By Richard Marsden
Pope Francis has given his approval for the Catholic Church in Australia to hold its first Plenary Council – the most significant national ecclesiastical gathering – in more than 80 years.
The Council in 2020 will address the way forward for the Church in Australia in light of the challenges it faces in contemporary society.
Discernment on the way ahead
Delegates from the 34 “local churches” of Australia will gather across two sessions in 2020 and 2021 to enable deeper discernment, further learning, and dialogue. The process begins at Pentecost 2018 and will help form the agenda for the Council.
In a statement by the Australian Bishops Conference, Archbishop Mark Coleridge of Brisbane, chair of the Bishops Commission for the Plenary Council, said the gathering “will be a unique opportunity for people to come together and listen to God in all the ways God speaks to us, and in particular by listening to one another as together we discern what God is asking of us at this time – a time when the Church in Australia is facing significant challenges.”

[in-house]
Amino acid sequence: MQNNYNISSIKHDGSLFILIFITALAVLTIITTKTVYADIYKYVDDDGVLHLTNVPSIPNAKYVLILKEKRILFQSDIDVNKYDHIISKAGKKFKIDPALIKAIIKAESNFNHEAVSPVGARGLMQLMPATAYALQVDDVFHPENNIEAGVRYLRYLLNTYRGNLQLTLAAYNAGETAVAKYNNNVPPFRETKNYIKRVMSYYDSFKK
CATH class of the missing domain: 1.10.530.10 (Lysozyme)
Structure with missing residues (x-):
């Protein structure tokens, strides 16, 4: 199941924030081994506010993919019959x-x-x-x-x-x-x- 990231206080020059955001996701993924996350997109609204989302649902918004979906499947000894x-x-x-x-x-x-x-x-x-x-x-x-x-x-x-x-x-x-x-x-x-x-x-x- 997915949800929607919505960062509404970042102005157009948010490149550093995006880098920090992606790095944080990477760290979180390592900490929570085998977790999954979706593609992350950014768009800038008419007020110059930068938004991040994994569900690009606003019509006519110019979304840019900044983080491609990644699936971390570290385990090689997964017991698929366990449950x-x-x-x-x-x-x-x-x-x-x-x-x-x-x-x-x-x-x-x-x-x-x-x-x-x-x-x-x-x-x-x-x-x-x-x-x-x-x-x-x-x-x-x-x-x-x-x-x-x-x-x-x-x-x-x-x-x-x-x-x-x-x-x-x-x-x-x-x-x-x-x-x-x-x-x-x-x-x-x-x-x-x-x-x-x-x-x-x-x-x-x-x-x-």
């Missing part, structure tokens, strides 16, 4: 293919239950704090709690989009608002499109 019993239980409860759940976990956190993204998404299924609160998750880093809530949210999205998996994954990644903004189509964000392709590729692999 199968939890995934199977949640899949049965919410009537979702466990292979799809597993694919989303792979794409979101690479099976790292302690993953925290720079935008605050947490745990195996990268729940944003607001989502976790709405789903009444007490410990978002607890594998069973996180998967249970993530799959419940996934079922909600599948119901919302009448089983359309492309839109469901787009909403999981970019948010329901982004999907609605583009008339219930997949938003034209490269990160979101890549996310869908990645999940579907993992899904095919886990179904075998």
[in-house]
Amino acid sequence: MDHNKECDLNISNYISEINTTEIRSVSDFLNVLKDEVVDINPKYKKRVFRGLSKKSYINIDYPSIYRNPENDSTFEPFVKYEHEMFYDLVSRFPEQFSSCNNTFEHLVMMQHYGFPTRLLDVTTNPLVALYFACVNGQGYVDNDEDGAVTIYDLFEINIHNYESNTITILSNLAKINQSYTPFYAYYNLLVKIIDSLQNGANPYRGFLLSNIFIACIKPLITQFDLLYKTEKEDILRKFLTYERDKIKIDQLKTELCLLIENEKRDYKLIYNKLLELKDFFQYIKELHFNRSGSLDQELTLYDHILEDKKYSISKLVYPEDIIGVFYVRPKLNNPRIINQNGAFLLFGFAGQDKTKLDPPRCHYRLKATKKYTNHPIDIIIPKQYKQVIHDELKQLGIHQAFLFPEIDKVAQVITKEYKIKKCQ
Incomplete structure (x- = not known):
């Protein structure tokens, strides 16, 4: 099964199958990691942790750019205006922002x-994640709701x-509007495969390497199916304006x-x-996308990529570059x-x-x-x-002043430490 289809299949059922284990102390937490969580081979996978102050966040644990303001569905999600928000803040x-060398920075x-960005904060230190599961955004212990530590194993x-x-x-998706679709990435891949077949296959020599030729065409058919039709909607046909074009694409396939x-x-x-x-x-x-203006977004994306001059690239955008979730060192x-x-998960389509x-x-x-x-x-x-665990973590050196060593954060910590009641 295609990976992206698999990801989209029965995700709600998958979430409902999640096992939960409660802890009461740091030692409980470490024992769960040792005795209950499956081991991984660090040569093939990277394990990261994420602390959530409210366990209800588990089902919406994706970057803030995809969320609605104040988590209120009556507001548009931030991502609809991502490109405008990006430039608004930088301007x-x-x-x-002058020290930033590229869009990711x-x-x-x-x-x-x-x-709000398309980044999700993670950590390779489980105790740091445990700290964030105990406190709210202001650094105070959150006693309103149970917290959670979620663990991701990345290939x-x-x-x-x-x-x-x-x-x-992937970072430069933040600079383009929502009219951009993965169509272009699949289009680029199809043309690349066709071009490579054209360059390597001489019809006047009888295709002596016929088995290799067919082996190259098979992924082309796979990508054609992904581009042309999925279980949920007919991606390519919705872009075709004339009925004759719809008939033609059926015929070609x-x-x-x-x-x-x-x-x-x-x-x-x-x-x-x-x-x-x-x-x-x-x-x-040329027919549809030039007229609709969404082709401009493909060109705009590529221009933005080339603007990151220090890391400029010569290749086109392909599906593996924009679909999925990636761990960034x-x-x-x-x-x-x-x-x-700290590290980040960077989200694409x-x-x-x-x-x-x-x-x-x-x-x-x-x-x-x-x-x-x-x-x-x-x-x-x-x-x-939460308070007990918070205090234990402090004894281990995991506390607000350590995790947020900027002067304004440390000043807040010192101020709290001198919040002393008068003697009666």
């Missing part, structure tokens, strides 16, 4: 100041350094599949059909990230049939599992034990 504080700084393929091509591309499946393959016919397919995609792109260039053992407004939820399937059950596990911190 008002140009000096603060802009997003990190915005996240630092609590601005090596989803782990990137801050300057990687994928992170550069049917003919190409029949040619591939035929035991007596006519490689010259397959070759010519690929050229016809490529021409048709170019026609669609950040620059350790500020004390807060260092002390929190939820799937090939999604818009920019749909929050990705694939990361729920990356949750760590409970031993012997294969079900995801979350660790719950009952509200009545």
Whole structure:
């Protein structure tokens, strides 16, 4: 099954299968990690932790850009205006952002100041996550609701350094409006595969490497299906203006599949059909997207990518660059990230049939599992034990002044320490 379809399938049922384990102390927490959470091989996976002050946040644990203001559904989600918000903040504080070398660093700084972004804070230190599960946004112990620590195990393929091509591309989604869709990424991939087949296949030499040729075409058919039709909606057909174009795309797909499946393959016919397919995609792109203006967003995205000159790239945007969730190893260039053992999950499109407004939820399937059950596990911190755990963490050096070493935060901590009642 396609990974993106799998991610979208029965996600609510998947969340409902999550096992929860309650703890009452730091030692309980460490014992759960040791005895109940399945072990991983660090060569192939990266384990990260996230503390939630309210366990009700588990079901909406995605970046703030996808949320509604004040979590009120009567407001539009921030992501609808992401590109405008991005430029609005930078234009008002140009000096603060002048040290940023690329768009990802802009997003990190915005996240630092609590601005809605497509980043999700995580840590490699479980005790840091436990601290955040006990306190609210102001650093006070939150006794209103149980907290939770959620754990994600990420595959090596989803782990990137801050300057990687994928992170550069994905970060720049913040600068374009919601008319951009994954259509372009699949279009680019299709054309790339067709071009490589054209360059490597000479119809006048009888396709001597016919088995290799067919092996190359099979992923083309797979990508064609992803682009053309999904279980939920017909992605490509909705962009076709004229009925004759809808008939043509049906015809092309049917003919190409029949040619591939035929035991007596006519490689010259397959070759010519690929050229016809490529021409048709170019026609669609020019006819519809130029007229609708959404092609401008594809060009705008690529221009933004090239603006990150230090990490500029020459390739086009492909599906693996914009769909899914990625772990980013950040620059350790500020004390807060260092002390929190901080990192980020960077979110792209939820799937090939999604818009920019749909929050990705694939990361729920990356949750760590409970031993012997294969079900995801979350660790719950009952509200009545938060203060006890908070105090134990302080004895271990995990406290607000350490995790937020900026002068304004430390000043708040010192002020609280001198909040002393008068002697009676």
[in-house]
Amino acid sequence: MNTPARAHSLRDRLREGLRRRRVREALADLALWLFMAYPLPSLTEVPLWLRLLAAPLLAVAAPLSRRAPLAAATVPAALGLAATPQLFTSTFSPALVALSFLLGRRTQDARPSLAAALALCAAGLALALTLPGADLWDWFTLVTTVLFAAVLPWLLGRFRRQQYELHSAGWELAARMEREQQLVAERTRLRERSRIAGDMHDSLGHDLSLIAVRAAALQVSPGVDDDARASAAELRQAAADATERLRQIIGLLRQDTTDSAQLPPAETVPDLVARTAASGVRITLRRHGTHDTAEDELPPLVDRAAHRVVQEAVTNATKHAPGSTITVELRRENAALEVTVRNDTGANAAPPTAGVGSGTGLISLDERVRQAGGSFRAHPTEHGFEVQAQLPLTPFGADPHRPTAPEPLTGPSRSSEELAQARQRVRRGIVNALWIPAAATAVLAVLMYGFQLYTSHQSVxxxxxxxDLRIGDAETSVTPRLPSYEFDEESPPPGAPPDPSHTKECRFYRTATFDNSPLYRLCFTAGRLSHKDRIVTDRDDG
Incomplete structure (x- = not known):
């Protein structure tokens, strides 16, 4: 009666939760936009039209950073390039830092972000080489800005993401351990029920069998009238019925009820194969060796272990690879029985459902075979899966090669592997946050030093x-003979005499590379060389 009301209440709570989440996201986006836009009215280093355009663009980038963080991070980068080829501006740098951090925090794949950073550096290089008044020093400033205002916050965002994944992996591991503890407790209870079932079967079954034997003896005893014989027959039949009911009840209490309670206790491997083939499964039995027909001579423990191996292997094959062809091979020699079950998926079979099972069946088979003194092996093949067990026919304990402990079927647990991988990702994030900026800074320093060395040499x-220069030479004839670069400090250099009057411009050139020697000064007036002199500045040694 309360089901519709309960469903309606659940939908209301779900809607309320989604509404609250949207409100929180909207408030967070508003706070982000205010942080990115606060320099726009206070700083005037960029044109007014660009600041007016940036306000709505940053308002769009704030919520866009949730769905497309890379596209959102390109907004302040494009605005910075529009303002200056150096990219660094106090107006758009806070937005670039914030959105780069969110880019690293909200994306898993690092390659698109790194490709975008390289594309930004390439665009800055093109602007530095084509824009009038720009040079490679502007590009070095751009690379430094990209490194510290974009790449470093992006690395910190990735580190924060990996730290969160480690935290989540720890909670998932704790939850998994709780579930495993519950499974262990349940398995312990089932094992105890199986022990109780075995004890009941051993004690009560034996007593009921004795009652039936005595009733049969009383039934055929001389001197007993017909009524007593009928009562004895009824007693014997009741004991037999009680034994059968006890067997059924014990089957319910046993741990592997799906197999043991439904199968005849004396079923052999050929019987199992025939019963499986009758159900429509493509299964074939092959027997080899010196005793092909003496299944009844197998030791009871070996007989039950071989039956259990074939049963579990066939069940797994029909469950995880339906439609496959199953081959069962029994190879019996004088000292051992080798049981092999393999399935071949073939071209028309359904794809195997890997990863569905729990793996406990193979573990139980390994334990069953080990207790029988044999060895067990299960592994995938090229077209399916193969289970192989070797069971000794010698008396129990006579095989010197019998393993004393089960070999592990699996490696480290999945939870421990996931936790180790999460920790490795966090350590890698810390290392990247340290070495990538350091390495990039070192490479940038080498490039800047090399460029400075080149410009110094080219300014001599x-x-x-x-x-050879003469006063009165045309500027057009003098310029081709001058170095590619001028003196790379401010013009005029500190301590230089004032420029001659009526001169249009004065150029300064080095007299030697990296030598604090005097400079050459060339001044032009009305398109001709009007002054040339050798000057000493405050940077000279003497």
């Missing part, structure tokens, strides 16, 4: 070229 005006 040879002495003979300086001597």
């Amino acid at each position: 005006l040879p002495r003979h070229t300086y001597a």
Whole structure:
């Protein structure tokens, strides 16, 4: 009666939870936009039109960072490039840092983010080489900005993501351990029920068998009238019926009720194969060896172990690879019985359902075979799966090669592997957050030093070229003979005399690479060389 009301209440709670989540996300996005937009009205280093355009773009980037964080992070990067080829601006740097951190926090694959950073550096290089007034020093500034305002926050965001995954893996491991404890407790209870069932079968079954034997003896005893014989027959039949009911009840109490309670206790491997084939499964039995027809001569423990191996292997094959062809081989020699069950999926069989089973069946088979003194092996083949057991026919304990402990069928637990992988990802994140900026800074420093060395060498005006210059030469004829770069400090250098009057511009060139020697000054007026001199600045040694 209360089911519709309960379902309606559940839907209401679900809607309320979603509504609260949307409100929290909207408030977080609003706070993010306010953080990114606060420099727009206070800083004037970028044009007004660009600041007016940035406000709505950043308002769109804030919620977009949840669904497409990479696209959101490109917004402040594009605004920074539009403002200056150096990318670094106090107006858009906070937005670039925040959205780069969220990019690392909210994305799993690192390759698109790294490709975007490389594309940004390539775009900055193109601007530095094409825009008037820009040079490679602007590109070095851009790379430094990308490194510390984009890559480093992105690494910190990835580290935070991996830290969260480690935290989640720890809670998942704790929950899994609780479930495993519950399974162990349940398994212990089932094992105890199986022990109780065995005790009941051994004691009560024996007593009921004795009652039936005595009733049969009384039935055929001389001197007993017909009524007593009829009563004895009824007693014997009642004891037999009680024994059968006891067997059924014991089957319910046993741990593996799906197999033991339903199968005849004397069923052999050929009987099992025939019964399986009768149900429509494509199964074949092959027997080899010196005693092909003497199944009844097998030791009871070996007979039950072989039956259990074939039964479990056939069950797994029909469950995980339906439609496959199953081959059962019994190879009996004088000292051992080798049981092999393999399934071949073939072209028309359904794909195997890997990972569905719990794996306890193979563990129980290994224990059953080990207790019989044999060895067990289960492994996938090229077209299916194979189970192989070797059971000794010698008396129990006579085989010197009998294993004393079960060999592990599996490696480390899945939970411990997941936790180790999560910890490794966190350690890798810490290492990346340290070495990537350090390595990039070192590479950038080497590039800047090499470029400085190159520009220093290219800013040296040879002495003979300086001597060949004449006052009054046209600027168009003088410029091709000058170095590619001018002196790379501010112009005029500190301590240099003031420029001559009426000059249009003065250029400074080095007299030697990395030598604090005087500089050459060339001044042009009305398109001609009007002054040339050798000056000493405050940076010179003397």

He added: “We sincerely hope the preparation and celebration of the Plenary Council is a time when all parts of the Church listen to and dialogue with one another as we explore together how we might answer the question: ‘What do you think God is asking of us in Australia?’”
“Seize the opportunity”
In approving the Plenary Council, Pope Francis also endorsed the bishops’ nomination of Archbishop Timothy Costelloe of Perth as the president of the Plenary Council. The Archbishop said: “I encourage all Catholics, whether devout or disillusioned, fervent or frustrated, to seize this opportunity to speak what is on their minds and in their hearts.”
A series of planning meetings has already taken place in which faith-filled people across the country have shared their hopes for the Church.
The bishops of Australia have launched a website for the Plenary Council to help people better understand how they can participate in the discussion process. The website can be found at plenarycouncil.catholic.org.au.
Decisions made at the Plenary Council will become binding for the Catholic Church in Australia, subject to the approval of the Holy See.